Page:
Send to

Choose Destination
Appl Environ Microbiol. 1997 Jun;63(6):2281-6.

Cell density-regulated recovery of starved biofilm populations of ammonia-oxidizing bacteria.

Author information

Department of Molecular and Cell Biology, University of Aberdeen, Foresterhill, United Kingdom.


The speed of recovery of cell suspensions and biofilm populations of the ammonia oxidizer Nitrosomonas europaea, following starvation was determined. Stationary-phase cells, washed and resuspended in ammoniumfree inorganic medium, were starved for periods of up to 42 days, after which the medium was supplemented with ammonium and subsequent growth was monitored by measuring nitrite concentration changes. Cultures exhibited a lag phase prior to exponential nitrite production, which increased from 8.72 h (no starvation) to 153 h after starvation for 42 days. Biofilm populations of N. europaea colonizing sand or soil particles in continuous-flow, fixed column reactors were starved by continuous supply of ammonium-free medium. Following resupply of ammonium, starved biofilms exhibited no lag phase prior to nitrite production, even after starvation for 43.2 days, although there was evidence of cell loss during starvation. Biofilm formation will therefore provide a significant ecological advantage for ammonia oxidizers in natural environments in which the substrate supply is intermittent. Cell density-dependent phenomena in a number of gram-negative bacteria are mediated by N-acyl homoserine lactones (AHL), including N-(3-oxohexanoyl)-L-homoserine lactone (OHHL). Addition of both ammonium and OHHL to cell suspensions starved for 28 days decreased the lag phase in a concentration-dependent manner from 53.4 h to a minimum of 10.8 h. AHL production by N. europaea was detected by using a luxR-luxAB AHL reporter system. The results suggest that rapid recovery of high-density biofilm populations may be due to production and accumulation of OHHL to levels not possible in relatively low-density cell suspensions.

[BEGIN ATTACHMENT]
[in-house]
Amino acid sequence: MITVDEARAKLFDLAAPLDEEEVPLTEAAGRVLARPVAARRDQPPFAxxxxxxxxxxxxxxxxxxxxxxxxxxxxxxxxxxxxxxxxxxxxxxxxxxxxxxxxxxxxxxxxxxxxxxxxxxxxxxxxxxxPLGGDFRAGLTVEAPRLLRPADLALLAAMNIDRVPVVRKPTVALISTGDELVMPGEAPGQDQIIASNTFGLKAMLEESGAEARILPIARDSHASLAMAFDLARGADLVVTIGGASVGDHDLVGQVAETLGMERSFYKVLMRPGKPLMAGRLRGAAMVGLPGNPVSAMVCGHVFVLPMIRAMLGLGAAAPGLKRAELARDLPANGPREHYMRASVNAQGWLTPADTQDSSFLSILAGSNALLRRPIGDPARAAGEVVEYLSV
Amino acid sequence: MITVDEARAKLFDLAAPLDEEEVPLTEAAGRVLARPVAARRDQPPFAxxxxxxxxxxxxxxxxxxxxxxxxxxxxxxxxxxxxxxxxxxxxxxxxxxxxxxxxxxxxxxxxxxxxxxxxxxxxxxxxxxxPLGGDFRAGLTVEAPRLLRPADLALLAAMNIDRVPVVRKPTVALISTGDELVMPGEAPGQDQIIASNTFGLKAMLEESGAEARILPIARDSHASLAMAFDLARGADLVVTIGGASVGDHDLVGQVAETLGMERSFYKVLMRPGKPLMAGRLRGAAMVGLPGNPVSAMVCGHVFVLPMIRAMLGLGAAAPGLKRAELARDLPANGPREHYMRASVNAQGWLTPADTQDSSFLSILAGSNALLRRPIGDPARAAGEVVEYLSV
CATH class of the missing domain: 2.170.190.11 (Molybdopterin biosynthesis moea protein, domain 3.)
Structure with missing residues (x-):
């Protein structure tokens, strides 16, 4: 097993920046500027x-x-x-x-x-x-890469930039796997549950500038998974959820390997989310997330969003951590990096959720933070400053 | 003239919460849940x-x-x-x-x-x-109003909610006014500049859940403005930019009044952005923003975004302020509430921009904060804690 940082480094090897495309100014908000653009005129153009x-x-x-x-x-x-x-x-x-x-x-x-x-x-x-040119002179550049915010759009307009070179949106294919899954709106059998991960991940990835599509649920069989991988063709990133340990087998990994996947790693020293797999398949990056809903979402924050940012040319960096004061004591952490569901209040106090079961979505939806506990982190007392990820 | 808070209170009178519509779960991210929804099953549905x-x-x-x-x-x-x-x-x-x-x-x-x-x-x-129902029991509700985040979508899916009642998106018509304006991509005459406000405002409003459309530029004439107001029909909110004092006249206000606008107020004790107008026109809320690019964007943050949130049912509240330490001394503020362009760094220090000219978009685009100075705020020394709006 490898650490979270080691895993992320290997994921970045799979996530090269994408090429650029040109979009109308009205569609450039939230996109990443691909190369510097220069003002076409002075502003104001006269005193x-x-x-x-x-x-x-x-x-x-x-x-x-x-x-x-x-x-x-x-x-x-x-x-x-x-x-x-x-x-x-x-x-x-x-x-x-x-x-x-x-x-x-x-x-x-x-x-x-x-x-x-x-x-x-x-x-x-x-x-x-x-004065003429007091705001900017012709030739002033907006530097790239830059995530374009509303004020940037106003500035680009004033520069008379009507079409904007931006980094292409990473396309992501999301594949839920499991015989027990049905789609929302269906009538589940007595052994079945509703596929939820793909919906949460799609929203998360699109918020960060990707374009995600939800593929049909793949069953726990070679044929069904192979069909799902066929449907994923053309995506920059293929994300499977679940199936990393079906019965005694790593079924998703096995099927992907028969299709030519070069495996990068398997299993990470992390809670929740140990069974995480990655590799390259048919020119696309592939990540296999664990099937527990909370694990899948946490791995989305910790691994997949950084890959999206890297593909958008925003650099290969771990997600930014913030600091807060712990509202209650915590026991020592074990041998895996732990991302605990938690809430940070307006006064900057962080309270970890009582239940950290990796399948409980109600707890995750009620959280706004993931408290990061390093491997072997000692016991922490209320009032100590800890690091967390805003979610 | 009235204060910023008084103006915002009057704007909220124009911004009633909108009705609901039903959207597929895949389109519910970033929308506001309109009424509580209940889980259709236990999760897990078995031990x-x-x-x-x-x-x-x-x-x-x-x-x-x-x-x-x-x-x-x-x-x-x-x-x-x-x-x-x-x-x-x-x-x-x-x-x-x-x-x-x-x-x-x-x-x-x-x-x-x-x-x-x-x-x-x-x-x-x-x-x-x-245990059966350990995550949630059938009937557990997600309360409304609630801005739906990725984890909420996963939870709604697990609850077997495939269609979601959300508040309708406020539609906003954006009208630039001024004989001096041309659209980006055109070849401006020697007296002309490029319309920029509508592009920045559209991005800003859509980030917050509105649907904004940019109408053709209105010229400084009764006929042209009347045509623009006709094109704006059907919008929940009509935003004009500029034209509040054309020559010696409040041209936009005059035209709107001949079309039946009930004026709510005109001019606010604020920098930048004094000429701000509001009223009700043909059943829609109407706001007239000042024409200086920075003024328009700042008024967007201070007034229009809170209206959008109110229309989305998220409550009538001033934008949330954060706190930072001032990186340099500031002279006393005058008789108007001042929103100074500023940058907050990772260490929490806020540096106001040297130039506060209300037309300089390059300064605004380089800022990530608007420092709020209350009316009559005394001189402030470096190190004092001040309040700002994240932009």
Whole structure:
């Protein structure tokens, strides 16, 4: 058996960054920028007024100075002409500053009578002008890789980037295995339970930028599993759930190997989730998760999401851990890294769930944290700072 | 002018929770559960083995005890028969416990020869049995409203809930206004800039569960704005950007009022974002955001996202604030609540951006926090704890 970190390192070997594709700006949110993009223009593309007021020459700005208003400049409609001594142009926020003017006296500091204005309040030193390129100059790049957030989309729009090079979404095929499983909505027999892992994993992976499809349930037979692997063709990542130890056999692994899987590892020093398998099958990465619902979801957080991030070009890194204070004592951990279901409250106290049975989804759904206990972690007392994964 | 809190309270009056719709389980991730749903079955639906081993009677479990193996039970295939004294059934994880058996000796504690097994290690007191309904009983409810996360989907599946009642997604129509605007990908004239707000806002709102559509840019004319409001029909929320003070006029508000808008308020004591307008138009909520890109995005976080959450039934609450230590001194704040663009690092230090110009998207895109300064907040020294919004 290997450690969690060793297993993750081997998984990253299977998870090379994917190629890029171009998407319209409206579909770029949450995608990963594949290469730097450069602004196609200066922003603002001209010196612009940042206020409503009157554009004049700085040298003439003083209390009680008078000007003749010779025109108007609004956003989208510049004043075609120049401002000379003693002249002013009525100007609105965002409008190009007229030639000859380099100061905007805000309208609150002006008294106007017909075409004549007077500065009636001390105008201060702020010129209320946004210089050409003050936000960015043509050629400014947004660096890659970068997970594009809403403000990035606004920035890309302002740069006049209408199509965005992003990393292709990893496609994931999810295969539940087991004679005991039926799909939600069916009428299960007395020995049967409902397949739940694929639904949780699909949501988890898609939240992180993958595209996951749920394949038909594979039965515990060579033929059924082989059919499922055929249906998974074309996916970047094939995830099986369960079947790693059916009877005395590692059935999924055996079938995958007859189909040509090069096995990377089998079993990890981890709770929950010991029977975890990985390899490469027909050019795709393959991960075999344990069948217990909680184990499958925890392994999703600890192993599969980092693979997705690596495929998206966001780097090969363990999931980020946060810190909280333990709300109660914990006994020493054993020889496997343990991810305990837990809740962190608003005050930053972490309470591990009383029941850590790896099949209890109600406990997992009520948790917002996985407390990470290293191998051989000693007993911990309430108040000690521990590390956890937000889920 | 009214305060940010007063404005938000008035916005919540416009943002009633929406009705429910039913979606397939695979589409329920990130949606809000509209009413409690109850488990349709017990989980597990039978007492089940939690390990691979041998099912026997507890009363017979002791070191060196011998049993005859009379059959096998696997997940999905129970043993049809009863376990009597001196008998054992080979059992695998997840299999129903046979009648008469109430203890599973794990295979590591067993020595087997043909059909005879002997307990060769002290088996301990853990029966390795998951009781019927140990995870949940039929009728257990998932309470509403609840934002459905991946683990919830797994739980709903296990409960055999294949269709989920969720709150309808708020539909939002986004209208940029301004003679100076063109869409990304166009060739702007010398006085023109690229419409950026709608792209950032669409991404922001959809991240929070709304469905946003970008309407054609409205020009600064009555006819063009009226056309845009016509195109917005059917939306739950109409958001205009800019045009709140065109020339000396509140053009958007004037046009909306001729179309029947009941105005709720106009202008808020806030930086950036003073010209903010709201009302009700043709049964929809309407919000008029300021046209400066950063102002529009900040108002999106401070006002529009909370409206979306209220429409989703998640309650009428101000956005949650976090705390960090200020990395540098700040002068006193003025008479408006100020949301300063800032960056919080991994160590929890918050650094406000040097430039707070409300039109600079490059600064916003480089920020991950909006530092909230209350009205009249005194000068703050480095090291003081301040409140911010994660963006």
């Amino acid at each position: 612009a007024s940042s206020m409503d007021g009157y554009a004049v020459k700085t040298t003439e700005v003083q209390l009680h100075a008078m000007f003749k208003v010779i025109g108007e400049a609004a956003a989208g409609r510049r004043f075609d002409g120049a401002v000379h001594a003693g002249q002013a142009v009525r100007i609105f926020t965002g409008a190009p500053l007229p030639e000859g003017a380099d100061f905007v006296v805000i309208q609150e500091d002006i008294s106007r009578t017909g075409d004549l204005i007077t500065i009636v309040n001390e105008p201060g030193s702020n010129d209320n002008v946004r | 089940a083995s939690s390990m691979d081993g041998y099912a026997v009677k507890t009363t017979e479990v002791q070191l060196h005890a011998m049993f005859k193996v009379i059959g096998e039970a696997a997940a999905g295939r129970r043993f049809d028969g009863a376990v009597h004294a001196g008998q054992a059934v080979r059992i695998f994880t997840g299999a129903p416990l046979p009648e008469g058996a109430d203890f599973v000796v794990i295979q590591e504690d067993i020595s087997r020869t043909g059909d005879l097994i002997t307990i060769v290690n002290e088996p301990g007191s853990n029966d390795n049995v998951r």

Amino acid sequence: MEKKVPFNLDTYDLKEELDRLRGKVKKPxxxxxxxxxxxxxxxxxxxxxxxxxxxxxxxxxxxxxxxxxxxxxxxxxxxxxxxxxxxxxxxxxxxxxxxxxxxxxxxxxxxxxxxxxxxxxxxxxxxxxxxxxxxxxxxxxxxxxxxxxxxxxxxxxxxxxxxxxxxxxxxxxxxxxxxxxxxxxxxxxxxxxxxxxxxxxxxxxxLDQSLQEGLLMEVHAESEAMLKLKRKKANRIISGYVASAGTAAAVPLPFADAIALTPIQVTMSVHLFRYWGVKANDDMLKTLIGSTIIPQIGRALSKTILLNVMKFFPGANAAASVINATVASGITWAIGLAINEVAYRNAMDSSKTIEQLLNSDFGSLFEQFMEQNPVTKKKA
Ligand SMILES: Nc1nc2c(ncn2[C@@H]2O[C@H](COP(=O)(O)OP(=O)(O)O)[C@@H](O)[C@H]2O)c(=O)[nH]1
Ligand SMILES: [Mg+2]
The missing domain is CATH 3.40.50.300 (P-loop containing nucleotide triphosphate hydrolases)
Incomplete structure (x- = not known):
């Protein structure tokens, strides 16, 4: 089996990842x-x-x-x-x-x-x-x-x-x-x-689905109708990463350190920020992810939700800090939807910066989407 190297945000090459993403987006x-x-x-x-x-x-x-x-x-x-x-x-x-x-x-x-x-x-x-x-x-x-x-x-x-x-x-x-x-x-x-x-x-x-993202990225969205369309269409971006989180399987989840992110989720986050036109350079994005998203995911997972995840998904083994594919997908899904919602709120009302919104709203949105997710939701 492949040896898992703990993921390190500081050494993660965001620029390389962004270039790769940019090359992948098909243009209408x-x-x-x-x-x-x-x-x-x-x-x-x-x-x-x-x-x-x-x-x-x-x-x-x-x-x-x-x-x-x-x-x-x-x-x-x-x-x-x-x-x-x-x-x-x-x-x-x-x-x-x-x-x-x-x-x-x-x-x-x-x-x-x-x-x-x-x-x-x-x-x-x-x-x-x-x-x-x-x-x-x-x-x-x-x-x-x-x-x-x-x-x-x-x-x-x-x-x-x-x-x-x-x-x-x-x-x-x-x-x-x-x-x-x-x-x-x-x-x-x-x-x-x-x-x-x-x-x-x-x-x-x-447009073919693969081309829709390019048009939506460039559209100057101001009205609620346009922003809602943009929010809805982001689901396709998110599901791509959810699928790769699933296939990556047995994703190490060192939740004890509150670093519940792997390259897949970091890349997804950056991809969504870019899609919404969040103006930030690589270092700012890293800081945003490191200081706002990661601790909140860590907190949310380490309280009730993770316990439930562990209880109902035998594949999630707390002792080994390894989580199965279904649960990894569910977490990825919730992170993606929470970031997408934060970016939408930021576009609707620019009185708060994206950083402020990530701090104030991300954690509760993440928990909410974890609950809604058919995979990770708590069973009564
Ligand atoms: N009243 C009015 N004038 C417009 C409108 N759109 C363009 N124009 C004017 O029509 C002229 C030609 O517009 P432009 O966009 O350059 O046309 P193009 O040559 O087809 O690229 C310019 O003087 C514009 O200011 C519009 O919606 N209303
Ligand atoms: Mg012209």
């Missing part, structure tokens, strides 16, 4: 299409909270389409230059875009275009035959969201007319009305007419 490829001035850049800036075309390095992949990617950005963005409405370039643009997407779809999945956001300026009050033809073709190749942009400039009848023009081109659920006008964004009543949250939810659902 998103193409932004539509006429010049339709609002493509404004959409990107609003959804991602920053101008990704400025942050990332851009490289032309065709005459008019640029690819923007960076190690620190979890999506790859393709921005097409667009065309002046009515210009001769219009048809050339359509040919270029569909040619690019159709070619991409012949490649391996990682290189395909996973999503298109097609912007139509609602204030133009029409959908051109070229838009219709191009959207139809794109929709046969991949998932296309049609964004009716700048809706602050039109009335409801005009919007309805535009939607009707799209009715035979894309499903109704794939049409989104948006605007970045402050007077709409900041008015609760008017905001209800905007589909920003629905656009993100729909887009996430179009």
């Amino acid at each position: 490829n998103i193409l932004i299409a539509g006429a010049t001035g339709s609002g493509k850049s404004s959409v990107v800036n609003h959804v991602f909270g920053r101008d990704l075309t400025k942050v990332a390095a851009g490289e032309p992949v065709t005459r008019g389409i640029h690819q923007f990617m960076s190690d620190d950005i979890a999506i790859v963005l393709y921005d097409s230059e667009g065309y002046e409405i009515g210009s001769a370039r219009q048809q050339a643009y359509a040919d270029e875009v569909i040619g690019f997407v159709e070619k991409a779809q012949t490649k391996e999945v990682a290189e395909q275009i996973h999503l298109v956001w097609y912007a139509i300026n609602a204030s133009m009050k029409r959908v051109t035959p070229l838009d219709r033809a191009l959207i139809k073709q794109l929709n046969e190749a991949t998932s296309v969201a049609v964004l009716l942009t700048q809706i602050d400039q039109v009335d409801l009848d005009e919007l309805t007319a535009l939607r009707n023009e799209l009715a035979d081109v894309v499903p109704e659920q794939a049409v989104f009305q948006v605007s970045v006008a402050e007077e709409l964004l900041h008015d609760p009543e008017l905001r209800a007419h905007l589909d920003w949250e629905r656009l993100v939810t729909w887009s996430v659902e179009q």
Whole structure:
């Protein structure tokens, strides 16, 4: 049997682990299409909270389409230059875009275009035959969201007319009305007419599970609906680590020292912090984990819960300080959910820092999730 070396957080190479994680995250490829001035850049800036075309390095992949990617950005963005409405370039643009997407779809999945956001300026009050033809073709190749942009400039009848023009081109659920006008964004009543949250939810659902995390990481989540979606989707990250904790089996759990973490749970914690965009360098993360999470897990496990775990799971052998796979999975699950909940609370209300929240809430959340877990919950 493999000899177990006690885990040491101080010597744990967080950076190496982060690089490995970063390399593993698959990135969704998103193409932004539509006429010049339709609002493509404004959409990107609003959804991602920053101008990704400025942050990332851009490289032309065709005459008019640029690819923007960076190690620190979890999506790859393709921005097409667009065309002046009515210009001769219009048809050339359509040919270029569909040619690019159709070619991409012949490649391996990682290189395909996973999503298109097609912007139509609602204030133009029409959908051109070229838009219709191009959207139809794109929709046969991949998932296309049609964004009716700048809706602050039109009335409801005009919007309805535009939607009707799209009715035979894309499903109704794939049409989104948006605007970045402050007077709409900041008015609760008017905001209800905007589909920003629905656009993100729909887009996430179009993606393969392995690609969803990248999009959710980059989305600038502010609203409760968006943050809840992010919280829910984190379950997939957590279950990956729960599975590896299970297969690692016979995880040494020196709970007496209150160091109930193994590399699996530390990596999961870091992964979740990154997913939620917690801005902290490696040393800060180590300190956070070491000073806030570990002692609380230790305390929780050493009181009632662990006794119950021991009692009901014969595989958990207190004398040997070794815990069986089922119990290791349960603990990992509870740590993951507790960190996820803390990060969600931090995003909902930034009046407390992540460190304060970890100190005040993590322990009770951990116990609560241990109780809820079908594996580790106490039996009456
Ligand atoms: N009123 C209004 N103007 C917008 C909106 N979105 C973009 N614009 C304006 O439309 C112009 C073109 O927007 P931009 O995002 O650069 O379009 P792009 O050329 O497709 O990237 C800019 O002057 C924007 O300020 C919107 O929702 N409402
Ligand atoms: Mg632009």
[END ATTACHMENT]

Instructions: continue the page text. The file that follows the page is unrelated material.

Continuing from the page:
[Indexed for MEDLINE]
Free PMC Article

Supplemental Content

Full text links

Icon for HighWire Icon for PubMed Central
Loading ...
Support Center